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Abusive Teen Relationships and Teen Dating Violence

Abusive teen relationships and teen dating violence is becoming more prevalent and more accepted than ever. In this article we will review statistics on teen dating violence, warning signs of abusive teen relationships, and how to support a teen victim of abuse.


Abuse in teenage relationships, also called teen dating violence, is becoming more common, and more accepted among teens, according to a recent survey by the National Center on Domestic and Sexual Violence (NCDSV).

The Center for Disease Control (CDC) reports that nearly one in ten teens in grades 7 to 12, male and female, has been physically abused by a boy or girlfriend. Abused teens are more likely to drink heavily, use drugs, engage in risky sexual behavior, develop eating disorders, and attempt suicide.

Abuse or dating violence can be physical, verbal, or sexual, and is often used to control the other person. Some warning signs to talk to your teen about to see if they are in an abusive teen relationship or a victim of  teen dating violence include:

  • Jealous or controlling behavior, including over friends, appearance, and eating habits 
  • Sexual pressure
  • Pressure to use drugs or alcohol 
  • Name-calling or swearing 
  • A partner losing his or her temper, blaming the other for his or her behavior 
  • A partner insulting or embarrassing the other in front of others 
  • Any form of physical violence 
  • A partner threatening to hurt others or him or herself

Abusive teen relationships and teen dating violence have become alarmingly common among both genders; in a study conducted by the CDC, nearly equal numbers of teenage boys and girls reported being abused by their partner. Abusive teen relationships and teen dating violence are not limited by ethnic group or income level. According to the NCDSV: 

  • 20 percent of teens have been threatened by their partners, or had partners threaten to hurt themselves if the relationship ended. 
  • 33 percent of teens, and 50 percent of teen girls, say they have felt pressured to have sex in a serious relationship. 
  • 30 percent have worried about their safety in a relationship, and 20 percent have been hit, slapped, or pushed. 
  • 64 percent have been with a jealous or controlling partner. 
  • 55 percent have compromised their standards to keep their partner.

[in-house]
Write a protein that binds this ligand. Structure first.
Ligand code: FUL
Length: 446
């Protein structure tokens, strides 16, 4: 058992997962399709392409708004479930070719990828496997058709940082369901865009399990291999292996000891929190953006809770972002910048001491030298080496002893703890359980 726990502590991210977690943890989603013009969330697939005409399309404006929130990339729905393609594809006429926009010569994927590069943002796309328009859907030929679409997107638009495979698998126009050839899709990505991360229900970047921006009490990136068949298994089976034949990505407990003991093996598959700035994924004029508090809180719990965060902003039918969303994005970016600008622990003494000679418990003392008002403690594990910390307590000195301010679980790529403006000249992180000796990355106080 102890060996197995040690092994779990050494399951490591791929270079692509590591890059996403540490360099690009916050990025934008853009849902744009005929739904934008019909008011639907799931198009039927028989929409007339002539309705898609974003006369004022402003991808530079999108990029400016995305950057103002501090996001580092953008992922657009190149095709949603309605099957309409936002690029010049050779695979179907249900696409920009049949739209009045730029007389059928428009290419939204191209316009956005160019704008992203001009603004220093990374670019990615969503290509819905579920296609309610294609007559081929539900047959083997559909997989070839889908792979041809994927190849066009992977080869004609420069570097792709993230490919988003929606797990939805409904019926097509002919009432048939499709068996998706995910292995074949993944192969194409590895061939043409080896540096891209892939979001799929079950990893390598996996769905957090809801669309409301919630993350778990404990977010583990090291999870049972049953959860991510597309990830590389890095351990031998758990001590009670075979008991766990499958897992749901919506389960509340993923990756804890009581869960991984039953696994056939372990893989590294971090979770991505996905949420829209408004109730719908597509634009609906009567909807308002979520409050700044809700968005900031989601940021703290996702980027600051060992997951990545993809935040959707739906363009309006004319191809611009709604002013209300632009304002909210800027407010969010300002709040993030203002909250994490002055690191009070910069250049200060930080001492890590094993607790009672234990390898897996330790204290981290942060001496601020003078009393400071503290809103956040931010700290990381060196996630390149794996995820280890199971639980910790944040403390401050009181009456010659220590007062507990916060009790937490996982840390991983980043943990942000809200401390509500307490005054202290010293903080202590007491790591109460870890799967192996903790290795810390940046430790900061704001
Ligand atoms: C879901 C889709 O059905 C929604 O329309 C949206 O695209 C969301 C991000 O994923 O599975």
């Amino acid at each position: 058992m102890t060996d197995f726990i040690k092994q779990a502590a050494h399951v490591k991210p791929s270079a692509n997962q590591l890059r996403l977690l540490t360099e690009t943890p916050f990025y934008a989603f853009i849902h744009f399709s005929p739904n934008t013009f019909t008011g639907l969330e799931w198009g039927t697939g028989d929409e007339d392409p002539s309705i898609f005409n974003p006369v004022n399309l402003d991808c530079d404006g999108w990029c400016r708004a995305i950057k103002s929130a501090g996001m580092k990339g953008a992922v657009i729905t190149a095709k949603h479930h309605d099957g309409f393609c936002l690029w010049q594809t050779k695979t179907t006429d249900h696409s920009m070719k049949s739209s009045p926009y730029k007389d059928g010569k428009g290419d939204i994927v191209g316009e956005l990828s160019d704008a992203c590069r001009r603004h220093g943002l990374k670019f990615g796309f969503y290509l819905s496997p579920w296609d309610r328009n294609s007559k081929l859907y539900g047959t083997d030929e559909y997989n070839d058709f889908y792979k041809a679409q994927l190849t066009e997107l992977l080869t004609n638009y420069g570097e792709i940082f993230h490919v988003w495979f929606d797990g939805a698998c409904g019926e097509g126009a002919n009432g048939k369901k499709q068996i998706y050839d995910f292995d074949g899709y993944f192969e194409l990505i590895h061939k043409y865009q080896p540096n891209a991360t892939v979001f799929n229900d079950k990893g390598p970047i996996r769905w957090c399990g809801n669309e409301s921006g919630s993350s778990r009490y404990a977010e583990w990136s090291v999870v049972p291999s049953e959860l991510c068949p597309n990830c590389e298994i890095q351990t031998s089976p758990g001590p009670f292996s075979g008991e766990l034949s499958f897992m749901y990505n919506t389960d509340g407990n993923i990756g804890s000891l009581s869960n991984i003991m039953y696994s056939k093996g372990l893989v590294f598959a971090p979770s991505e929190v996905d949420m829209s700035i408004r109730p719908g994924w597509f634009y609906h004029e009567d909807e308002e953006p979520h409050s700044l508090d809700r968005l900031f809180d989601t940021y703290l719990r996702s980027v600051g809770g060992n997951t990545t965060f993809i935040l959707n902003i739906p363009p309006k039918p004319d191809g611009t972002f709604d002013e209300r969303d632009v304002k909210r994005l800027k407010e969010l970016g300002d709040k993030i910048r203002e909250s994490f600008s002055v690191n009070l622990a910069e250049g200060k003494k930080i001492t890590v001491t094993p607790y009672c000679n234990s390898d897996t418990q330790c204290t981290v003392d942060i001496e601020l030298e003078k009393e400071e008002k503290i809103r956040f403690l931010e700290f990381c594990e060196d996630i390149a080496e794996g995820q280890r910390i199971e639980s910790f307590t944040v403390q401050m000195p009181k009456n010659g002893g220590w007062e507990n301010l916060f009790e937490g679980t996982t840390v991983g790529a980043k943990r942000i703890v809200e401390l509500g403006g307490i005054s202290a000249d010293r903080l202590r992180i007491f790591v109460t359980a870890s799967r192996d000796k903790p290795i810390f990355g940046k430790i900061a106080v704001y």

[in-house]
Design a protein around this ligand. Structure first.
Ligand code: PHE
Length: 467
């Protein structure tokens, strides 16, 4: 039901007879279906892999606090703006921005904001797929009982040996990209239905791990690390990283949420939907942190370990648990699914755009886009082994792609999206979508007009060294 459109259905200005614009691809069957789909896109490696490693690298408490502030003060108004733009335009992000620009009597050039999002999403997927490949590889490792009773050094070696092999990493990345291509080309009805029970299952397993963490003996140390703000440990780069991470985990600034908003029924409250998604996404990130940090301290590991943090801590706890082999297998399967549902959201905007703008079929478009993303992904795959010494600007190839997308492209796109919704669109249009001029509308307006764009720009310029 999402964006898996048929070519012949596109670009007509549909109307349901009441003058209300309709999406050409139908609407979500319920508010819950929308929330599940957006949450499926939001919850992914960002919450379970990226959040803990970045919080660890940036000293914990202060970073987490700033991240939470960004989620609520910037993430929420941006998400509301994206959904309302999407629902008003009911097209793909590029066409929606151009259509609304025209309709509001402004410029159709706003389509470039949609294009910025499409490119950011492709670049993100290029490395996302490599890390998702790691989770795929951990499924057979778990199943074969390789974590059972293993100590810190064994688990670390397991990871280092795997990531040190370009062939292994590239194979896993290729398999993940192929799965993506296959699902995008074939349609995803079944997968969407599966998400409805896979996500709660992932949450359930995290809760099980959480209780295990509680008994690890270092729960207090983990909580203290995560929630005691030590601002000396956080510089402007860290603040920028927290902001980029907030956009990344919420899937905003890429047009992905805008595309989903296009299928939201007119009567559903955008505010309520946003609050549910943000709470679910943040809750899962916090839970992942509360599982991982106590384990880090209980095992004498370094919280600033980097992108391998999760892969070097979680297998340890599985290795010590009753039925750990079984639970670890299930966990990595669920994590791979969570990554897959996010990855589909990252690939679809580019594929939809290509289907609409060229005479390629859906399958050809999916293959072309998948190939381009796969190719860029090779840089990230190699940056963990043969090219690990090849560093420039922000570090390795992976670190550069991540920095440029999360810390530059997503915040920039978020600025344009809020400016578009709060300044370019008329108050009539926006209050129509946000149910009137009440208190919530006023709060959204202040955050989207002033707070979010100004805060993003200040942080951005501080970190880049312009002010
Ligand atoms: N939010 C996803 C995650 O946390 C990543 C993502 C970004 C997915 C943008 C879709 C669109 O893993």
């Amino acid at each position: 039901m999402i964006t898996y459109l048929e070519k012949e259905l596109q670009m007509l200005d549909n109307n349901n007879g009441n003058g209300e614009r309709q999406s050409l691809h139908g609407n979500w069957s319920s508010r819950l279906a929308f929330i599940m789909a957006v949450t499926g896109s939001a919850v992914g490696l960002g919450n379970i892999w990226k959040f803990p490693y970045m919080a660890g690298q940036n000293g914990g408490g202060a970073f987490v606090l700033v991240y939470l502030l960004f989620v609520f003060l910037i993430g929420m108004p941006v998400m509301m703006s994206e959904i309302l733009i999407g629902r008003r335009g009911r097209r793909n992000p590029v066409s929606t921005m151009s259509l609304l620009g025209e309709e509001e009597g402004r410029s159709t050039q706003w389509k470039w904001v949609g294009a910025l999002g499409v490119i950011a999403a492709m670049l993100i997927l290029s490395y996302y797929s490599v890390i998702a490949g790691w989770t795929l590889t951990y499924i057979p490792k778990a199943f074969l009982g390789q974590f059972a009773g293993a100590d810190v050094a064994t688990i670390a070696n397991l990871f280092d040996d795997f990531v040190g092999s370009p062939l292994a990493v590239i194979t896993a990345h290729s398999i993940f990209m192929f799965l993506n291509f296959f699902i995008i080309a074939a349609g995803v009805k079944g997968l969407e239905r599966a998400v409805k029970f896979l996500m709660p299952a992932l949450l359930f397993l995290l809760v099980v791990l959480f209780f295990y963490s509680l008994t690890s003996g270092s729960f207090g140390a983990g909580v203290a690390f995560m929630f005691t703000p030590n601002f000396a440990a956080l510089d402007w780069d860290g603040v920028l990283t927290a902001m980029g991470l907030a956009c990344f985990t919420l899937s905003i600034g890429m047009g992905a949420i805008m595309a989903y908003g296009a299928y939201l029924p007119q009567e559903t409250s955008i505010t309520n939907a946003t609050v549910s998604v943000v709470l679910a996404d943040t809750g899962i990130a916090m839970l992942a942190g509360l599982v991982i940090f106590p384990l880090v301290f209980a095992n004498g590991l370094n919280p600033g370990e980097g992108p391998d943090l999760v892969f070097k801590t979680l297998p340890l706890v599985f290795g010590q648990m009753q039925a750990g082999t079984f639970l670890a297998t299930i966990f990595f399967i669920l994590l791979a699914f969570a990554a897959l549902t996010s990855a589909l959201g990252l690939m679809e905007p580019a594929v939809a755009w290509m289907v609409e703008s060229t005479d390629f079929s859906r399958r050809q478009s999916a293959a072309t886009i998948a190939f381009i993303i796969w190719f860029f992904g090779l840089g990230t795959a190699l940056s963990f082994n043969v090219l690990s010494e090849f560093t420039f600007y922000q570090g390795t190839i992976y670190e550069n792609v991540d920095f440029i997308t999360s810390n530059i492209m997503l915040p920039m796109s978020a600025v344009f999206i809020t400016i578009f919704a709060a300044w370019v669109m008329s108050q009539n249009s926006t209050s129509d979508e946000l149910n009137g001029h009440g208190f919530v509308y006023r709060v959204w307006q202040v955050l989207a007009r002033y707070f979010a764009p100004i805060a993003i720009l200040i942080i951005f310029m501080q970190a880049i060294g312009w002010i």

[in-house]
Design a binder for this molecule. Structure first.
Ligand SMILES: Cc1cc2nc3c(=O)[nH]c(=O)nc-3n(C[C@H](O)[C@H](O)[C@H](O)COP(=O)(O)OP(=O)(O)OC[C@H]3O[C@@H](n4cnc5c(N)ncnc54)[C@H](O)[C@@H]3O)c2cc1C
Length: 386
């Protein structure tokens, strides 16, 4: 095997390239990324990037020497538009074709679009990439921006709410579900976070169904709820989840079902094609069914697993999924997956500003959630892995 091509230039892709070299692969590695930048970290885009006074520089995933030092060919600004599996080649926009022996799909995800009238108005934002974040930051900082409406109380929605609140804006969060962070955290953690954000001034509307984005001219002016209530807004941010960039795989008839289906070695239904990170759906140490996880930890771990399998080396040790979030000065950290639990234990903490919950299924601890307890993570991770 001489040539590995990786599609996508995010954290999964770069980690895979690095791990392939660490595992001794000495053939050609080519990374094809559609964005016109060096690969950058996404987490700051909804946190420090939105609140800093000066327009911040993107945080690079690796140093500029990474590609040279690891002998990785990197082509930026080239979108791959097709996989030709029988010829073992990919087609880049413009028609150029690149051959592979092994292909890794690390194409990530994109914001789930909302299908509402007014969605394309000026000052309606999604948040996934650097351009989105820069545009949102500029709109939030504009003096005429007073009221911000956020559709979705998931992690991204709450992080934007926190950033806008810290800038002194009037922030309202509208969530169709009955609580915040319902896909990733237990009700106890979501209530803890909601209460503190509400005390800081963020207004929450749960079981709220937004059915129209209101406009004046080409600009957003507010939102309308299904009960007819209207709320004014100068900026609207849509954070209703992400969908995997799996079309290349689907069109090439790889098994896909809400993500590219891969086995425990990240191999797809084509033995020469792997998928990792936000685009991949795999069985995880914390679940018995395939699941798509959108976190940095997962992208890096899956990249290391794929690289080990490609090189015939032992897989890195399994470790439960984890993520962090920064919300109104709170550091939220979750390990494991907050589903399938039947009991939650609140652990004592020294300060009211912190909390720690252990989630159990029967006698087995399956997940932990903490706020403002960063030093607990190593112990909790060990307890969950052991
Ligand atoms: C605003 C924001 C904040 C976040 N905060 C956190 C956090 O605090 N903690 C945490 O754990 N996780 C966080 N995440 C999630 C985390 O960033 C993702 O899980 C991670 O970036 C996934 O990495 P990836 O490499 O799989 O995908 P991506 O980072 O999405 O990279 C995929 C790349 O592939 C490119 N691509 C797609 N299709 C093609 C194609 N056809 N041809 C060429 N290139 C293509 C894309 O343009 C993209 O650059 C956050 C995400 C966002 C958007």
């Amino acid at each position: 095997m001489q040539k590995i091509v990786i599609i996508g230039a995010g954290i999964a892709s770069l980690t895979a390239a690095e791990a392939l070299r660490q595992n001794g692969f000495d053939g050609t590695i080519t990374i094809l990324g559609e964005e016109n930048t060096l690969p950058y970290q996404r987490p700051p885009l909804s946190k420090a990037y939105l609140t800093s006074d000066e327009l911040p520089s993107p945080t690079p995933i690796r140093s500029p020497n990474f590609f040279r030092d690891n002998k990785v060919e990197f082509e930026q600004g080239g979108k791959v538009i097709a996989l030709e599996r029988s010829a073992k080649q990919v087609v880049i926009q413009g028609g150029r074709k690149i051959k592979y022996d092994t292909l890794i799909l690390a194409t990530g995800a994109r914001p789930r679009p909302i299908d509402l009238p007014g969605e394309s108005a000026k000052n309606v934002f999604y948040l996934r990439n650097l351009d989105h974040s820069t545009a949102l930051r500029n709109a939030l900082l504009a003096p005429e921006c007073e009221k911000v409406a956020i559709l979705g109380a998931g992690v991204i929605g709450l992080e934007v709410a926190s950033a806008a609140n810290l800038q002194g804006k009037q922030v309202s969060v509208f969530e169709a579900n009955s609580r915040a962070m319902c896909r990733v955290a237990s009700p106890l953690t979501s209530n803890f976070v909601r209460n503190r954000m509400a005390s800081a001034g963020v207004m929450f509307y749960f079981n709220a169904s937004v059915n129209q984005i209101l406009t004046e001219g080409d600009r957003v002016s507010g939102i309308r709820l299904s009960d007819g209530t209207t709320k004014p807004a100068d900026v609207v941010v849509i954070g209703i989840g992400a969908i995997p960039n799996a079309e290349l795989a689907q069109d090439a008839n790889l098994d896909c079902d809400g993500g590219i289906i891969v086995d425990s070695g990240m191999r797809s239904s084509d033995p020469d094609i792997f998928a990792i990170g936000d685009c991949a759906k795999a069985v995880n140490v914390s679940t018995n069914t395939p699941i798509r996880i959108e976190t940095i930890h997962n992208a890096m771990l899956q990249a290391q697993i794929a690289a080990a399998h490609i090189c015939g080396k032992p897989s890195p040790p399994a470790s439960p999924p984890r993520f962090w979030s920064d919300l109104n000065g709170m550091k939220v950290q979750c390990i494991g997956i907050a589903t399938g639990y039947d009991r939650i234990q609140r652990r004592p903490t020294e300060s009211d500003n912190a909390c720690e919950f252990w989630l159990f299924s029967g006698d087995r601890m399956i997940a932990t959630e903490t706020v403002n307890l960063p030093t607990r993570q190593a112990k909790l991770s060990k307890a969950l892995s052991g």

• 25 percent have been put down or called names by their partner.

Abuse will continue over time, and usually becomes more serious, leading to death in 1,300 cases each year, according to the CDC. Abusive teen relationships and teen dating violence have long lasting mental and emotional effects on its victims and the people who care about them. Unfortunately, those who are abused as teenagers are more likely to be in abusive relationships as adults. Because of the seriousness of this problem, it is important to watch for the warning signs of an abusive teen relationship or teen dating violence, including: 

  • Unexplained injuries 
  • Changes in appearance 
  • Withdrawal from friends and family 
  • Giving up activities that were once enjoyed 
  • Changes in behavior or mood - acting depressed, anxious, or secretive, or acting out 
  • Alcohol or drug use 
  • Apologizing for or justifying a partner's behavior - especially his or her temper 
  • Acting afraid of a partner, or worrying about making him or her angry 
  • One partner is possessive and makes all the decisions 
  • One partner insults, criticizes or embarrasses the other

If you are in an abusive teen relationship or a victim of teen dating violence, talk to a trusted adult to get help. The Teen Action Campaign suggests that if your child or friend is in an abusive teen relationship, talk to them. Be supportive and make it clear that it is not their fault they are being abused. Do not judge them or push them to do anything they are not comfortable with, and be patient. Encourage your teen to stay out of contact with the abuser. If you know the abuser, do not attack him or her as a person, but it make it clear that his or her behavior is not acceptable and encourage him or her to talk to a counselor and develop healthy behaviors. Do not hesitant to turn to good sources for help, including trusted school counselors, religious leaders, doctors, community support groups, the police, or the National Domestic Violence Hotline at 1-800-799-SAFE.


  1. Center for Disease Control: National Center for Injury Prevention and Control, and "Morbidity and Mortality Weekly Report," May 19, 2006
  2. Teen Action Campaign
  3. National Center on Domestic and Sexual Violence
  4. National Youth Violence Prevention Resource Center
  5. Substance Abuse and Mental Health Services Administration
  6. Girl's Health.gov

Related Article: Youth Violence >>

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